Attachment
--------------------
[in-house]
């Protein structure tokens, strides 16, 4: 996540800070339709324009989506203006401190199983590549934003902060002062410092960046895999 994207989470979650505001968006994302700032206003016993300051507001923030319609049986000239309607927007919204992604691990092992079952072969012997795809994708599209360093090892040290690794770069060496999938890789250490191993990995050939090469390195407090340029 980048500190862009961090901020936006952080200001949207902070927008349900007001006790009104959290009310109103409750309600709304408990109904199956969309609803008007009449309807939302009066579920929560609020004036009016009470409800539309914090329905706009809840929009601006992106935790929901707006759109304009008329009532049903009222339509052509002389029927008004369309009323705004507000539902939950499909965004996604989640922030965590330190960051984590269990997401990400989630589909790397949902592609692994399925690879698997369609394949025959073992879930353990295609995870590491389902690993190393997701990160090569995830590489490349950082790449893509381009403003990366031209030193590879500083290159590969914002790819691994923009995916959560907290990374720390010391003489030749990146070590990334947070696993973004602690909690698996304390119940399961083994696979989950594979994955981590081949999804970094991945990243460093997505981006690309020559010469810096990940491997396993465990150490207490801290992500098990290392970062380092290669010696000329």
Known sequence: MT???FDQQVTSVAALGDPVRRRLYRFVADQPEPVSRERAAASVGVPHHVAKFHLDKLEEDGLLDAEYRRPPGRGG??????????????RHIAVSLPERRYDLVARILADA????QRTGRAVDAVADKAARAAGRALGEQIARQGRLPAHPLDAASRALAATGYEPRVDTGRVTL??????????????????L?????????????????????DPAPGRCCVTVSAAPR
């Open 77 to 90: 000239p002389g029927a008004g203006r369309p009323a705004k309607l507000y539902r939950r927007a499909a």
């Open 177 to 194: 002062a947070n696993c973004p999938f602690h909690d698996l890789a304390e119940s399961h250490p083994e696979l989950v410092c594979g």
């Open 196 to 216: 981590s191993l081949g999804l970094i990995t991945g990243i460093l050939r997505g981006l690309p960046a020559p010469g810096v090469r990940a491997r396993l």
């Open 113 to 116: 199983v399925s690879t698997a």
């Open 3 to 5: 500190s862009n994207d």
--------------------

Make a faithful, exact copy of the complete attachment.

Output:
[in-house]
């Protein structure tokens, strides 16, 4: 996540800070339709324009989506203006401190199983590549934003902060002062410092960046895999 994207989470979650505001968006994302700032206003016993300051507001923030319609049986000239309607927007919204992604691990092992079952072969012997795809994708599209360093090892040290690794770069060496999938890789250490191993990995050939090469390195407090340029 980048500190862009961090901020936006952080200001949207902070927008349900007001006790009104959290009310109103409750309600709304408990109904199956969309609803008007009449309807939302009066579920929560609020004036009016009470409800539309914090329905706009809840929009601006992106935790929901707006759109304009008329009532049903009222339509052509002389029927008004369309009323705004507000539902939950499909965004996604989640922030965590330190960051984590269990997401990400989630589909790397949902592609692994399925690879698997369609394949025959073992879930353990295609995870590491389902690993190393997701990160090569995830590489490349950082790449893509381009403003990366031209030193590879500083290159590969914002790819691994923009995916959560907290990374720390010391003489030749990146070590990334947070696993973004602690909690698996304390119940399961083994696979989950594979994955981590081949999804970094991945990243460093997505981006690309020559010469810096990940491997396993465990150490207490801290992500098990290392970062380092290669010696000329």
Known sequence: MT???FDQQVTSVAALGDPVRRRLYRFVADQPEPVSRERAAASVGVPHHVAKFHLDKLEEDGLLDAEYRRPPGRGG??????????????RHIAVSLPERRYDLVARILADA????QRTGRAVDAVADKAARAAGRALGEQIARQGRLPAHPLDAASRALAATGYEPRVDTGRVTL??????????????????L?????????????????????DPAPGRCCVTVSAAPR
């Open 77 to 90: 000239p002389g029927a008004g203006r369309p009323a705004k309607l507000y539902r939950r927007a499909a």
């Open 177 to 194: 002062a947070n696993c973004p999938f602690h909690d698996l890789a304390e119940s399961h250490p083994e696979l989950v410092c594979g």
């Open 196 to 216: 981590s191993l081949g999804l970094i990995t991945g990243i460093l050939r997505g981006l690309p960046a020559p010469g810096v090469r990940a491997r396993l």
């Open 113 to 116: 199983v399925s690879t698997a």
């Open 3 to 5: 500190s862009n994207d």